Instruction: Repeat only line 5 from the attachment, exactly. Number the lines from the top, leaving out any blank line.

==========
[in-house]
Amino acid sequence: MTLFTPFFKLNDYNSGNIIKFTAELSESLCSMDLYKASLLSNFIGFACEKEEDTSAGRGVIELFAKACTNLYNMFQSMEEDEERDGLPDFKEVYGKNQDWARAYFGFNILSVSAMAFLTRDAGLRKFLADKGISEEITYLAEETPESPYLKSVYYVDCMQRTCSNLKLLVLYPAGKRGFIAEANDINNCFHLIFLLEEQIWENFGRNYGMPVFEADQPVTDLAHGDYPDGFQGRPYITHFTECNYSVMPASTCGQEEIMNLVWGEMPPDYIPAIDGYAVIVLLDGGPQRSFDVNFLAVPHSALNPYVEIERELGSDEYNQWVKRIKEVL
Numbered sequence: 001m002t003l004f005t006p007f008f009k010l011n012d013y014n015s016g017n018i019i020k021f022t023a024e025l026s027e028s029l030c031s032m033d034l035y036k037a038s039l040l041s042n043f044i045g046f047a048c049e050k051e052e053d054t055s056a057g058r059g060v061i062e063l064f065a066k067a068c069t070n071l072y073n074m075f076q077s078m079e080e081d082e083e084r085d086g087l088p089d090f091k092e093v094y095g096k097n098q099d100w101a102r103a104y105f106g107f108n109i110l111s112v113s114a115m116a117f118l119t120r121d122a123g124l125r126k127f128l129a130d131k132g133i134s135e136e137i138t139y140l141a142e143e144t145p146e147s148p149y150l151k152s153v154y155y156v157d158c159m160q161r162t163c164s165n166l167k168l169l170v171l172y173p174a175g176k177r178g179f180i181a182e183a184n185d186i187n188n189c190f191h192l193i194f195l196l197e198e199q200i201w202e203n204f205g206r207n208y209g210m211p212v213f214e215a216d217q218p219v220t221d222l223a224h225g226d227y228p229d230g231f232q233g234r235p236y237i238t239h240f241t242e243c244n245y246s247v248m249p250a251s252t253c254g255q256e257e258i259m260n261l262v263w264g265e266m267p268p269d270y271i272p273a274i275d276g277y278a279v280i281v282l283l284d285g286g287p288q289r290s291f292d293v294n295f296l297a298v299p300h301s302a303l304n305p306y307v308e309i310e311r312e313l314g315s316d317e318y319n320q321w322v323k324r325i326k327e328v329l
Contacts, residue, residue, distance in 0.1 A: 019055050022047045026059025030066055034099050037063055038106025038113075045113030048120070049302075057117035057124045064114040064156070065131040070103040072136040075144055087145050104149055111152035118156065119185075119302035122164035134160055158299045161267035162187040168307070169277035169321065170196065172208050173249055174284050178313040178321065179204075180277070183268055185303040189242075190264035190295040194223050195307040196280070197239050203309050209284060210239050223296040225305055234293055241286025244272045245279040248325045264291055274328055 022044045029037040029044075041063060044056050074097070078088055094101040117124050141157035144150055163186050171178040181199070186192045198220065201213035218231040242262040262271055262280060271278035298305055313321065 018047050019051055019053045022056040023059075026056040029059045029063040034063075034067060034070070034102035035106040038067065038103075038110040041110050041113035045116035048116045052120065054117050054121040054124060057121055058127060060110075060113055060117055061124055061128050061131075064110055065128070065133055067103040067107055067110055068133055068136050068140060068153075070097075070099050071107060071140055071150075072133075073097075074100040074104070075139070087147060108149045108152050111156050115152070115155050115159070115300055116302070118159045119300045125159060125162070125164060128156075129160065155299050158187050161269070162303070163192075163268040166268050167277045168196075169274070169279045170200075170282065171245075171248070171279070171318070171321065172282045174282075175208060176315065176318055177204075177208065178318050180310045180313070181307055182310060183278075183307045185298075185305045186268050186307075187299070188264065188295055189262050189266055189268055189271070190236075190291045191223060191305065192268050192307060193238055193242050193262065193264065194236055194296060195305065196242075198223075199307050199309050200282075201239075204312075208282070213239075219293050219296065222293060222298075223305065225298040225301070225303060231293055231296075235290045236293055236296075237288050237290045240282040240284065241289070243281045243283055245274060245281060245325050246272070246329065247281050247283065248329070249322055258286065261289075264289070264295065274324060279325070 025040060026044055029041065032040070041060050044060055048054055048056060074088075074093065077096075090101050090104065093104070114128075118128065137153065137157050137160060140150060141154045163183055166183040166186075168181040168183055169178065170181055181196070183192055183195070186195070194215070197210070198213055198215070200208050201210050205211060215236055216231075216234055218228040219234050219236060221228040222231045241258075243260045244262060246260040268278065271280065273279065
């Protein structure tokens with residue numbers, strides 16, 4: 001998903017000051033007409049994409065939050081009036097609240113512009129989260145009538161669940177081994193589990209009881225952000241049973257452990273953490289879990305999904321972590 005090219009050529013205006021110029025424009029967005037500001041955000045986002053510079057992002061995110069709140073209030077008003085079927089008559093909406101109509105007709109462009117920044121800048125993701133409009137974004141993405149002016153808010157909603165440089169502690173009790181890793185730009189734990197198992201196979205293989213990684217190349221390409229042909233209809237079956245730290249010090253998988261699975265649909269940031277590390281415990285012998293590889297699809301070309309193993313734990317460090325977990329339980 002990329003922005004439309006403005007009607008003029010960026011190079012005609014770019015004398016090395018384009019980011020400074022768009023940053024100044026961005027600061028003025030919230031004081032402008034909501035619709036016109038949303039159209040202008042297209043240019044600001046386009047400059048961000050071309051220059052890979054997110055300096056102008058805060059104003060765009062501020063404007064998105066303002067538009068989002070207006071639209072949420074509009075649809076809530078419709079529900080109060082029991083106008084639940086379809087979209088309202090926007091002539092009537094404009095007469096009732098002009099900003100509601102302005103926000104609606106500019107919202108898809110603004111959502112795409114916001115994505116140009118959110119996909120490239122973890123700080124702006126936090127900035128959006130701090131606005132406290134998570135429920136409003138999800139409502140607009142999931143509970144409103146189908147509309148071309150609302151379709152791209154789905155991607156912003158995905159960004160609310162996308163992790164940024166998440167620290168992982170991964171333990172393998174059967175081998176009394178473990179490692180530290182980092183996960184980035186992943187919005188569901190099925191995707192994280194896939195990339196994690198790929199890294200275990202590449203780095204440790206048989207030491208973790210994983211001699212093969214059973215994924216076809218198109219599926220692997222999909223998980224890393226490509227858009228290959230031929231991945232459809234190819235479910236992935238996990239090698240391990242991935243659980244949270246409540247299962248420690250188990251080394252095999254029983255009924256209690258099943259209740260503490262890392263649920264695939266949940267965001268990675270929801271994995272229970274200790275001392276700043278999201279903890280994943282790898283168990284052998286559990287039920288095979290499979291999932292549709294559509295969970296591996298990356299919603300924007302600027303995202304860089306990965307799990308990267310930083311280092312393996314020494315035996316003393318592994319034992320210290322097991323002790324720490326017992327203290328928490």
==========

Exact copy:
């Protein structure tokens with residue numbers, strides 16, 4: 001998903017000051033007409049994409065939050081009036097609240113512009129989260145009538161669940177081994193589990209009881225952000241049973257452990273953490289879990305999904321972590 005090219009050529013205006021110029025424009029967005037500001041955000045986002053510079057992002061995110069709140073209030077008003085079927089008559093909406101109509105007709109462009117920044121800048125993701133409009137974004141993405149002016153808010157909603165440089169502690173009790181890793185730009189734990197198992201196979205293989213990684217190349221390409229042909233209809237079956245730290249010090253998988261699975265649909269940031277590390281415990285012998293590889297699809301070309309193993313734990317460090325977990329339980 002990329003922005004439309006403005007009607008003029010960026011190079012005609014770019015004398016090395018384009019980011020400074022768009023940053024100044026961005027600061028003025030919230031004081032402008034909501035619709036016109038949303039159209040202008042297209043240019044600001046386009047400059048961000050071309051220059052890979054997110055300096056102008058805060059104003060765009062501020063404007064998105066303002067538009068989002070207006071639209072949420074509009075649809076809530078419709079529900080109060082029991083106008084639940086379809087979209088309202090926007091002539092009537094404009095007469096009732098002009099900003100509601102302005103926000104609606106500019107919202108898809110603004111959502112795409114916001115994505116140009118959110119996909120490239122973890123700080124702006126936090127900035128959006130701090131606005132406290134998570135429920136409003138999800139409502140607009142999931143509970144409103146189908147509309148071309150609302151379709152791209154789905155991607156912003158995905159960004160609310162996308163992790164940024166998440167620290168992982170991964171333990172393998174059967175081998176009394178473990179490692180530290182980092183996960184980035186992943187919005188569901190099925191995707192994280194896939195990339196994690198790929199890294200275990202590449203780095204440790206048989207030491208973790210994983211001699212093969214059973215994924216076809218198109219599926220692997222999909223998980224890393226490509227858009228290959230031929231991945232459809234190819235479910236992935238996990239090698240391990242991935243659980244949270246409540247299962248420690250188990251080394252095999254029983255009924256209690258099943259209740260503490262890392263649920264695939266949940267965001268990675270929801271994995272229970274200790275001392276700043278999201279903890280994943282790898283168990284052998286559990287039920288095979290499979291999932292549709294559509295969970296591996298990356299919603300924007302600027303995202304860089306990965307799990308990267310930083311280092312393996314020494315035996316003393318592994319034992320210290322097991323002790324720490326017992327203290328928490």